How Bacteria Initiates Inflammation

A. actinomycetemcomitans initiates hypercitrullination through the bacterial secretion of leukotoxin A (LtxA),  a self-defense strategy to kill host immune cells. The toxin creates holes on the surface of neutrophils, noted the investigators, allowing a flux of high amounts of calcium into the cell where concentrations are normally kept low. Since the PAD enzymes are activated with calcium, the abrupt exposure to high amounts of calcium overactivates these enzymes, generating hypercitrullination.

The researchers previously found that a similar type of pore-forming protein that was produced to kill pathogens by host immune cells was driving hypercitrullination in the joints of patients with RA. These findings point to a common mechanism that is poking holes on cells, which may be relevant to the initiation of RA when the disease is being established, says Andrade.

As part of its study, the team developed a test using the bacterium and LtxA to detect antibodies against A. actinomycetemcomitans in blood. Using 196 samples from a large study of patients with RA, the researchers found that almost half of the patients (92 out of 196) had evidence of infection by A. actinomycetemcomitans. Patients with periodontal disease had similar results: approximately 60% were positive, compared with only 11% of healthy controls. More strikingly, exposure to A. actinomycetemcomitans was a major determinant in the production of antibodies to citrullinated proteins in patients with genetic susceptibility to RA, wrote the authors.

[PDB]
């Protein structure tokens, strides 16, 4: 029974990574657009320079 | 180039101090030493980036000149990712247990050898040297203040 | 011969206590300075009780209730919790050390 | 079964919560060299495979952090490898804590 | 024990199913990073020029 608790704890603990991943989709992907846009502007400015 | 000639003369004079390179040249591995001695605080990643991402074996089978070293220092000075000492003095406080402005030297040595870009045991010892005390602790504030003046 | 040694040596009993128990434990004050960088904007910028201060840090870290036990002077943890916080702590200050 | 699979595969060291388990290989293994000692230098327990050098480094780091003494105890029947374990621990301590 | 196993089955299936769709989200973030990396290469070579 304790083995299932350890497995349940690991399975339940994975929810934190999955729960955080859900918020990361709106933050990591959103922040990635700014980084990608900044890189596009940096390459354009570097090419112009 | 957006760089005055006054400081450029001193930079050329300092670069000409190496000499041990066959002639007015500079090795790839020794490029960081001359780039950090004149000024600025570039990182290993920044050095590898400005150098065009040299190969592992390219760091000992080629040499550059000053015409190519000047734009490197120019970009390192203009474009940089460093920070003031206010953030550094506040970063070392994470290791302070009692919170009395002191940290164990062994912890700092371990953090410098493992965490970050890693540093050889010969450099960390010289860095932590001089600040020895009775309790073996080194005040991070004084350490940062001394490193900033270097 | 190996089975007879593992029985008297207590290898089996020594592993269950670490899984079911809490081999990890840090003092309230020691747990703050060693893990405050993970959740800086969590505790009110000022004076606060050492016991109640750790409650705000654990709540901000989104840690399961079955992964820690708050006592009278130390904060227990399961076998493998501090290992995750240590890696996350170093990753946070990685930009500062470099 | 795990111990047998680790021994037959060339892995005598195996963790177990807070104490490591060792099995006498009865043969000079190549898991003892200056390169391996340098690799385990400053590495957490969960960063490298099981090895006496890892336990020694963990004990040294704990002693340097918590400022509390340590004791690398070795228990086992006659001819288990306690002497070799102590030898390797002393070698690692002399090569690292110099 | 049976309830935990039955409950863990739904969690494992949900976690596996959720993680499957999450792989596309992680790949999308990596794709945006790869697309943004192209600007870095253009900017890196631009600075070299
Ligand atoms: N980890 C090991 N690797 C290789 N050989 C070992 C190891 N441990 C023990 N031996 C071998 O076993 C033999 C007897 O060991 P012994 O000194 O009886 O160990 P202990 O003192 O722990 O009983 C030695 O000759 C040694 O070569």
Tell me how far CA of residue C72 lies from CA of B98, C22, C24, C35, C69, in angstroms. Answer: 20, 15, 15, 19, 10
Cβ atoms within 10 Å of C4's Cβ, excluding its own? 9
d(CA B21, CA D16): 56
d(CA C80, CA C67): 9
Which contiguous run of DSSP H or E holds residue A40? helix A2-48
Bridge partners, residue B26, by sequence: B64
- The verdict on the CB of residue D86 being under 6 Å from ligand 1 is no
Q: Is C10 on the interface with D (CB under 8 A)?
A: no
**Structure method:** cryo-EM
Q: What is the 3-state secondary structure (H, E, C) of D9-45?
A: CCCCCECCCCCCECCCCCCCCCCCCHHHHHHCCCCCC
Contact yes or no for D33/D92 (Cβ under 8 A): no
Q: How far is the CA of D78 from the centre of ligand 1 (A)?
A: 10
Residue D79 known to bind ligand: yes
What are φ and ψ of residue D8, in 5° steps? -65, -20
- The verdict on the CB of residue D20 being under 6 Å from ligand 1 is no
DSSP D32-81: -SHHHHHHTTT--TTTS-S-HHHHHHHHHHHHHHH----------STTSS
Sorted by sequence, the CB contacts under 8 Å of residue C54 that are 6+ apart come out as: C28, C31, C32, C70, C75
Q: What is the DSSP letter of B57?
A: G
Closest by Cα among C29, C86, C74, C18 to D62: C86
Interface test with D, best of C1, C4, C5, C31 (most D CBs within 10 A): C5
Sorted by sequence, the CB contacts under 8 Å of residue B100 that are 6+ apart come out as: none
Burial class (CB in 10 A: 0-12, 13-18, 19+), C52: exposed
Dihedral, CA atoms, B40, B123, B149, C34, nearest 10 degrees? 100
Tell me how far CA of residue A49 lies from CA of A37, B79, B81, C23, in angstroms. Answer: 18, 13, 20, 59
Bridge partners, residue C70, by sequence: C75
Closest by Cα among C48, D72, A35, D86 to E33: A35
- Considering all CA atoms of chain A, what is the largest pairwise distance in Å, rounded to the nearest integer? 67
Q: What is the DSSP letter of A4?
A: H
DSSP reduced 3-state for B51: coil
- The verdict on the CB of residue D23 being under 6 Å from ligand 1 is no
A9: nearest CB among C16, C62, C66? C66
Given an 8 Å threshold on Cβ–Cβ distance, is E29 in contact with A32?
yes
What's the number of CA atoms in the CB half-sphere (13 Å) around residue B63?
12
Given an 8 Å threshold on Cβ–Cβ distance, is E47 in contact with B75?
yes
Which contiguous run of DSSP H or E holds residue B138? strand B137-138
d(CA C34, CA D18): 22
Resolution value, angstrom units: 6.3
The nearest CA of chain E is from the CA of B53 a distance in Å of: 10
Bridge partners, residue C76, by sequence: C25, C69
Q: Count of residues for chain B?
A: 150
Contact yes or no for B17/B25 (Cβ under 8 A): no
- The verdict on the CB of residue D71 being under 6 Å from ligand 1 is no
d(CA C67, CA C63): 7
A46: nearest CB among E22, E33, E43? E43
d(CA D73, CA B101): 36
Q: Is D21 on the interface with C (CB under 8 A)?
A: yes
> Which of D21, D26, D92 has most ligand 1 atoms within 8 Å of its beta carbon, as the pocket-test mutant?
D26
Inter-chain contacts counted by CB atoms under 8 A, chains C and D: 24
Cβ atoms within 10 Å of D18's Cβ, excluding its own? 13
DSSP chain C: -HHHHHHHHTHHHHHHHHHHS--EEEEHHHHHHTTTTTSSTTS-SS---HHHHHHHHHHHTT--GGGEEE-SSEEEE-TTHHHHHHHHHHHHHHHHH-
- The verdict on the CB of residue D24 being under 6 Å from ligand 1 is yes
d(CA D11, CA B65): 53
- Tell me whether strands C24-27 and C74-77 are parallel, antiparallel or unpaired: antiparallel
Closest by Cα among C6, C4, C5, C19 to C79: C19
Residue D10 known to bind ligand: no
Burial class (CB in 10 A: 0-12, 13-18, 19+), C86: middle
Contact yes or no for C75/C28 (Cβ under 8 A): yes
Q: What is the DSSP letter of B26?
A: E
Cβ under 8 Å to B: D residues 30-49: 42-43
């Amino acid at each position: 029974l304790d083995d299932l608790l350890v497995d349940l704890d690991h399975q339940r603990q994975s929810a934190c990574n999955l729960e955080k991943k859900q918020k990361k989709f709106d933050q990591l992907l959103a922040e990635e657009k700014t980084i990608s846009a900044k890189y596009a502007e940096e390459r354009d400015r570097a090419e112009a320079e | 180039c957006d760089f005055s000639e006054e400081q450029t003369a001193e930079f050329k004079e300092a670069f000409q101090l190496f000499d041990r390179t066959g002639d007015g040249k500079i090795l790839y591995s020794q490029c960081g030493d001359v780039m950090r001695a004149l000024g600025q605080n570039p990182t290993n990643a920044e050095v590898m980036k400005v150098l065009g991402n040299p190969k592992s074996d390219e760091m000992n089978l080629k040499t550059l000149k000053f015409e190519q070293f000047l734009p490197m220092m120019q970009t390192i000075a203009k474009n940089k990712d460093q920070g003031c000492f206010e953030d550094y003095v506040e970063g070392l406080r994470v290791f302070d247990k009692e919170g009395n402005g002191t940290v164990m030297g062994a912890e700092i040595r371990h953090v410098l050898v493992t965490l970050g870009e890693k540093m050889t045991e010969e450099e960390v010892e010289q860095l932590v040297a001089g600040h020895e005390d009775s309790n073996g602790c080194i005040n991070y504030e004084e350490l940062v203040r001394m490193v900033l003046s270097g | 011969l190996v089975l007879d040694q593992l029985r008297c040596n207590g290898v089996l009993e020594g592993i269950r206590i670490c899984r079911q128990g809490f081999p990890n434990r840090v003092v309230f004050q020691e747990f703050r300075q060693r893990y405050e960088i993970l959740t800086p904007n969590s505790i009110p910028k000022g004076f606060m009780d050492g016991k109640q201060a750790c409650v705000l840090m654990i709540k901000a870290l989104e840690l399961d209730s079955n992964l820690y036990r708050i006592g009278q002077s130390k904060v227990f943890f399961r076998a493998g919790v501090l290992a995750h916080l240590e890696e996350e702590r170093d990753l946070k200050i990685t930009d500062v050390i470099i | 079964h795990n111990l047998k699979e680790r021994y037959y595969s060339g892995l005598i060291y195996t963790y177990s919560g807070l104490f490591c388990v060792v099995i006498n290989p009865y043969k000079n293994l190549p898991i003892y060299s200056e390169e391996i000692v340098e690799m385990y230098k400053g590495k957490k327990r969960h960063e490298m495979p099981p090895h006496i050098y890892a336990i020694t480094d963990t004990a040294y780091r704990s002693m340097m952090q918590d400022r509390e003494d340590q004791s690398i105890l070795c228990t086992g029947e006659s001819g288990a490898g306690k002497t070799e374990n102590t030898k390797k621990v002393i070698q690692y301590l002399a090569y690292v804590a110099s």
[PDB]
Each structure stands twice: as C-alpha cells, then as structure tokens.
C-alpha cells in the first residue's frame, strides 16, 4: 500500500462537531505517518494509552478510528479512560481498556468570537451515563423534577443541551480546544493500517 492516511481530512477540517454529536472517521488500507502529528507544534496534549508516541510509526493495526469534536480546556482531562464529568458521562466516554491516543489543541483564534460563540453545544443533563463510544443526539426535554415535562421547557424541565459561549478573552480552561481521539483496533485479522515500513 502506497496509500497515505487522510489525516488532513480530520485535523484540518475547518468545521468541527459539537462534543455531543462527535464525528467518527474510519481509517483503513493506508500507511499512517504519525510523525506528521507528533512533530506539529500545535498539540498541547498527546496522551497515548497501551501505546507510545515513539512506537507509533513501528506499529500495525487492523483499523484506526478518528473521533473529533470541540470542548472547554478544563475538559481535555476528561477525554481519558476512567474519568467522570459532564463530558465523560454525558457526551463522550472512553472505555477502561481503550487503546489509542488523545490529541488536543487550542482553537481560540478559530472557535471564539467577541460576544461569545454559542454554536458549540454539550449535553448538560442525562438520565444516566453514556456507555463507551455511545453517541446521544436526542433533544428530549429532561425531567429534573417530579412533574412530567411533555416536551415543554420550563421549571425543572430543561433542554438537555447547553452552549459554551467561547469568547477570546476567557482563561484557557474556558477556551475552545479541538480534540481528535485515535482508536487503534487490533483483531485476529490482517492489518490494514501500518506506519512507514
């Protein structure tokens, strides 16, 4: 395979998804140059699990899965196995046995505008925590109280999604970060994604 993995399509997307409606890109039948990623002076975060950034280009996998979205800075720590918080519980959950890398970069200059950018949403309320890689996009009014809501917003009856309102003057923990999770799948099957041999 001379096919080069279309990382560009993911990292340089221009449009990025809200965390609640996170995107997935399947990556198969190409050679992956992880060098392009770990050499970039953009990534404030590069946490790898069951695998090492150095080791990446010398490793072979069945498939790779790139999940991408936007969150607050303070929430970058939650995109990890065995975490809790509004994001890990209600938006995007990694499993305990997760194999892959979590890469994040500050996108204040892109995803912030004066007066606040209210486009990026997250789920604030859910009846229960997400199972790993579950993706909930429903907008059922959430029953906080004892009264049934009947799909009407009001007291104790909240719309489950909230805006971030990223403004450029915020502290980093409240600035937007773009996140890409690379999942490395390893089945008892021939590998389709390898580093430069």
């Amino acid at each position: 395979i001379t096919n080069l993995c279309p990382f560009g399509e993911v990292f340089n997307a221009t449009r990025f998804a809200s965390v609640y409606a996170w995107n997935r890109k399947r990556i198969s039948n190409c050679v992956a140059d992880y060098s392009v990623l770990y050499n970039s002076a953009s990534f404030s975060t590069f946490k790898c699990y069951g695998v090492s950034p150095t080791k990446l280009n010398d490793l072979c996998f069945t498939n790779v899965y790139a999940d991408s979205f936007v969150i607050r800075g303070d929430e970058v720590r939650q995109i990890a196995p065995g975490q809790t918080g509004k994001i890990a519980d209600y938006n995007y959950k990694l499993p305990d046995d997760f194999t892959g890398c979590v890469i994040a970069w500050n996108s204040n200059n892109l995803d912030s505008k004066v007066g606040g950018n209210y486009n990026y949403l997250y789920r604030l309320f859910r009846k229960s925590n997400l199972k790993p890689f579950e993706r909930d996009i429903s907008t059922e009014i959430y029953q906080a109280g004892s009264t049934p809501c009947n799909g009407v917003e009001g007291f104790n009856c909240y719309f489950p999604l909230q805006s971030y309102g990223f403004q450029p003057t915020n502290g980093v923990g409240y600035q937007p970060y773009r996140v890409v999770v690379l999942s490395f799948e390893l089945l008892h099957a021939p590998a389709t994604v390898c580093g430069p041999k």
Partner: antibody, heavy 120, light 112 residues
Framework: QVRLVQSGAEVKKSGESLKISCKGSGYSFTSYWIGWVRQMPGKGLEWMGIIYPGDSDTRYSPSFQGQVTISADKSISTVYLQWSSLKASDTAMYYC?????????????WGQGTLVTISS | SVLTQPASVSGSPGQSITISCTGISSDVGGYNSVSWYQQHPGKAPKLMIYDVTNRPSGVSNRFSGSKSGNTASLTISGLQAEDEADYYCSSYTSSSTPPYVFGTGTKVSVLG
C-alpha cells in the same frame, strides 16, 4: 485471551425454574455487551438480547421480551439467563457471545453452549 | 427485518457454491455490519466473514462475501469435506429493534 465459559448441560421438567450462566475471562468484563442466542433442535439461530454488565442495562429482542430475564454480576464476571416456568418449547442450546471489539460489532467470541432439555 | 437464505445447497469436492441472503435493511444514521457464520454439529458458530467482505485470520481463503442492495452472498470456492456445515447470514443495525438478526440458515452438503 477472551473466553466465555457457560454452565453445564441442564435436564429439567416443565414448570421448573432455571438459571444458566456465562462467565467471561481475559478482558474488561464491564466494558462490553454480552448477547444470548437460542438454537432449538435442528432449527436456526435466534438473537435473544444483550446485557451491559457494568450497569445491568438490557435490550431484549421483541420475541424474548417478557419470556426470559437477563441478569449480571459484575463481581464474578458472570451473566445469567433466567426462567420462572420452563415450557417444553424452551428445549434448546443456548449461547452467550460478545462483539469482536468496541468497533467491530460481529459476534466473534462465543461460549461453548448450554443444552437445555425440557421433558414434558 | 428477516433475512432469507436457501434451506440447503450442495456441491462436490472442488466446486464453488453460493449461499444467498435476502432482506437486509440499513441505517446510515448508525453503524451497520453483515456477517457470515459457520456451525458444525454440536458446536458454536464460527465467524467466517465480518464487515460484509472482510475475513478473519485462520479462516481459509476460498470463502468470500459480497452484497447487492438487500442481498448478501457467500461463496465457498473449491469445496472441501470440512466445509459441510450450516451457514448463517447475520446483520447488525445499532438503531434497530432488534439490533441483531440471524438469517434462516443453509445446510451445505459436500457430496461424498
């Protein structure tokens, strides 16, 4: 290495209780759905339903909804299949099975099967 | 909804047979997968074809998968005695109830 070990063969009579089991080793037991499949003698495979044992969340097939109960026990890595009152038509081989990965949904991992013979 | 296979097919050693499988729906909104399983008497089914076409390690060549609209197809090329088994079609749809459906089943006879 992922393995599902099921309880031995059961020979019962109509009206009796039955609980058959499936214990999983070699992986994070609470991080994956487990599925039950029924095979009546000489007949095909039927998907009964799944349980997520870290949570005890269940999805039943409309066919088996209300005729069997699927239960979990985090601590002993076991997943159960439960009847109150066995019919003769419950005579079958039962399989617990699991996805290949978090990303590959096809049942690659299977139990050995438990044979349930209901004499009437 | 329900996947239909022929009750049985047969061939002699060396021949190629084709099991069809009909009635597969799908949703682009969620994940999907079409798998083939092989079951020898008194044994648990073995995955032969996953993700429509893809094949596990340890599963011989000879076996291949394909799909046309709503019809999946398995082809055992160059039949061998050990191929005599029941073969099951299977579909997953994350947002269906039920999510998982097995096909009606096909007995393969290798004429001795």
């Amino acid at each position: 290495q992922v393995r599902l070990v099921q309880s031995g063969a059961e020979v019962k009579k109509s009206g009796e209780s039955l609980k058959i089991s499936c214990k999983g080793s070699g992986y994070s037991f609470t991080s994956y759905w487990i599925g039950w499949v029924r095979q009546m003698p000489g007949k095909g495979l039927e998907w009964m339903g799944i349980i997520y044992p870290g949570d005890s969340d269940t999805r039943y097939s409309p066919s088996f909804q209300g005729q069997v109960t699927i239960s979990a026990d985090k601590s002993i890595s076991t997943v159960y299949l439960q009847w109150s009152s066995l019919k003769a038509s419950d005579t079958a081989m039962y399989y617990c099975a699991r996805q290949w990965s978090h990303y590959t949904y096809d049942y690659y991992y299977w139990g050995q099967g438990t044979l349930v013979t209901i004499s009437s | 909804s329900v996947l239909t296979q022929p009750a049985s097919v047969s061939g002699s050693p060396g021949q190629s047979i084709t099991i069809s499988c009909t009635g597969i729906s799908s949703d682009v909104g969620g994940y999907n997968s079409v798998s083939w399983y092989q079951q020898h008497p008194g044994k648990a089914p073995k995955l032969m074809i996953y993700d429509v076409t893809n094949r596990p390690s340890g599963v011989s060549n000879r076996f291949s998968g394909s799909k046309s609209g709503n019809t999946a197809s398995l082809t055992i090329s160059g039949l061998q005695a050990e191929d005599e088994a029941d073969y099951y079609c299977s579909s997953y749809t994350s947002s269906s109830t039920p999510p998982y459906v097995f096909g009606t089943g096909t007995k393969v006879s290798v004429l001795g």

Dr. Andrade cautioned that more than 50% of the study participants who had RA had no evidence of infection with A. actinomycetemcomitans, which, he said, may indicate that other bacteria in the gut, lung, or elsewhere could be using a similar mechanism to induce hypercitrullination.

Dr. Andrade further cautioned that his team's study only looked at patients at a single point in time with established RA. To prove cause and effect of A. actinomycetemcomitans and RA, he noted that more research will be needed to track the potential role of the bacteria in the onset and evolution of the disease, which can span decades. "If we know more about the evolution of both combined, perhaps we could prevent rather than just intervene."

Additional Researchers from Johns Hopkins included Kevon Sampson and Antony Rosen, M.D.

This research was funded by the Jerome L. Greene Foundation, the Donald B. and Dorothy L. Stabler Foundation, Fundación Bechara, Rheumatology Research Foundation, National Institute of Arthritis and Musculoskeletal and Skin Diseases (NIAMS) under grant numbers R01AR069569 and AR050026-01, the National Institute of Dental and Craniofacial Research (NIDCR) under grant numbers DE021127-01 and R37 DE12354, and the Intramural Research Program of the NIDCR.

Last updated on: March 2, 2017
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PPM Commentary: Gum Bacteria Now Linked to RA